Autumn Statement 2016: Business and company tax
- Publish date: 25 November 2016
- Archived on: 01 January 2019
ICAEW Tax Faculty provides analysis of the announcements relating to business and company tax in the 2016 Autumn Statement.
Business tax road map
The government is recommitting to the Business tax road map published at Budget 2016 and to the principles that it sets out. These include cutting the corporation tax rate to 17% by 2020 and reducing the burden of business rates.
The principles as set out in the Foreword to the (March 2016) business tax road map are:
"Taxes should be low, but must be paid. There should be a level playing field, including between large businesses and small, and between different corporate structures. The system must encourage entrepreneurship and not reward aggressive tax planning. Wherever possible, [the government] will take opportunities to simplify the tax code, and make the administration of tax fit for modern business practices.”
Tax deductibility of corporate interest expenseThe government confirmed that a limit on the tax deductions that large groups can claim for their UK interest expenses will be effective from 1 April 2017. These rules will limit deductions where a group has:
- net interest expenses of more than £2m;
- net interest expenses exceeding 30% of UK taxable earnings; and
- a net interest to earnings ratio in the UK exceeding that of the worldwide group.
There was a consultation in the summer on the detailed policy design and implementation, to which the Tax Faculty responded in ICAEW REP 119/16.
The government has now confirmed there will be a widening of the public interest exemption which aims to ensure that projects for the public benefit are not affected by the new restriction.
A somewhat unexpected development is that banking and insurance groups will be subject to the rules in the same way as groups in other industry sectors. Originally it was thought targeted rules for banks and insurance companies would be required. Banking and insurance companies typically generate net interest income and should not be affected by the rules. Their inclusion, however, is an indication that targeted rules will not be introduced on the basis that existing financial regulation places sufficient restrictions on these sectors. The limitation will apply to external debt as well as internal debt. It is not yet known whether there will be any grandfathering provisions for existing debt.
Reform of CT loss relief
The government has confirmed that the proposed changes to the carried-forward tax loss relief rules, announced in Budget 2016 and subsequently consulted on, will go ahead broadly as planned from April 2017. Tax Faculty responded to the consultation in ICAEW REP 125/16.
There are two principal measures:
- tax losses arising after 1 April 2017 will be available for carry forward against profits from the company’s other income streams and profits of other group companies; and
- for profits arising after 1 April 2017, only 50% of group profit can be sheltered by carry forward losses (subject to a £5m profit de minimis).
The potential impact of the loss restriction is eased by the £5m profit de minimis which means that the majority of businesses will not be adversely affected by this element of the package and the burden will fall only on larger groups.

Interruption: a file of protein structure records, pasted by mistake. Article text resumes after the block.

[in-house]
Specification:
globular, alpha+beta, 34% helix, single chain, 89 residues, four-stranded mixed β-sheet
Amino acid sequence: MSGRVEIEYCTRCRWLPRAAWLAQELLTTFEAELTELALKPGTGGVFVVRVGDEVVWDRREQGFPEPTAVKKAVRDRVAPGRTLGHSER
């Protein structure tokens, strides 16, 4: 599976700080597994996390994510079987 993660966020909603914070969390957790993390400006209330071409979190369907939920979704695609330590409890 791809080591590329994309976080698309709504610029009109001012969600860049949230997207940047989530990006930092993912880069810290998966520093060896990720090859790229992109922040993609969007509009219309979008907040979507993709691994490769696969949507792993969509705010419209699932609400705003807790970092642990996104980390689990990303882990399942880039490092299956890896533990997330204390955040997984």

The requirement to stream tax losses has long been a frustration for those who consider that a company’s tax bill should align with its economic profit and so this relaxation is welcome. While there is no indication that the government is thinking of moving to full group tax consolidation, the ability to offset a carried-forward loss in one company against a profit of another company is a welcome improvement to the existing group relief system.
The government has also stated that it wishes to simplify the administration of the new rules. It will be interesting to see whether, since the consultation, there has been any movement away from the schedular system and the need to stream trading and non-trading losses and profits.
Banks will continue to be able to shelter only 25% of their profits by pre-April 2015 tax losses. In respect of their post-April 2015 tax losses, banks will continue to be treated in the same way as other companies.
The patent box rules will be amended in FB 2017 for cases where research and development (R&D) is undertaken collaboratively by two or more companies under a cost sharing arrangement. The new provisions will ensure that there is neither an advantage nor disadvantage for the companies involved from organising the R&D activity in this way. The change will take effect for accounting periods beginning on or after 1 April 2017.
Substantial shareholdings exemption reform
The government undertook a consultation exercise on the substantial shareholdings exemption after the March 2016 Budget, to which the Tax Faculty responded in ICAEW REP 124/16. We welcome the announcement that the government is going to make changes to simplify the rules from April 2017.
Currently, to qualify for the exemption, both the investor group and the investee subgroup must meet a trading status requirement. The proposal is that the exemption will be reformed to remove the test for the investor group. From April 2017 it is the trading status of the investee company (and, if relevant, its subgroup) which counts. This should help groups with a combination of trading and investment activities, eg a mixed property group may access the exemption when selling its development subsidiary. Furthermore, the new approach has the advantage that the UK company should itself have ready access to the required information. In the case of foreign owned groups, obtaining information about the foreign parent’s wider group activities has proved onerous and the proposed change should remove this requirement.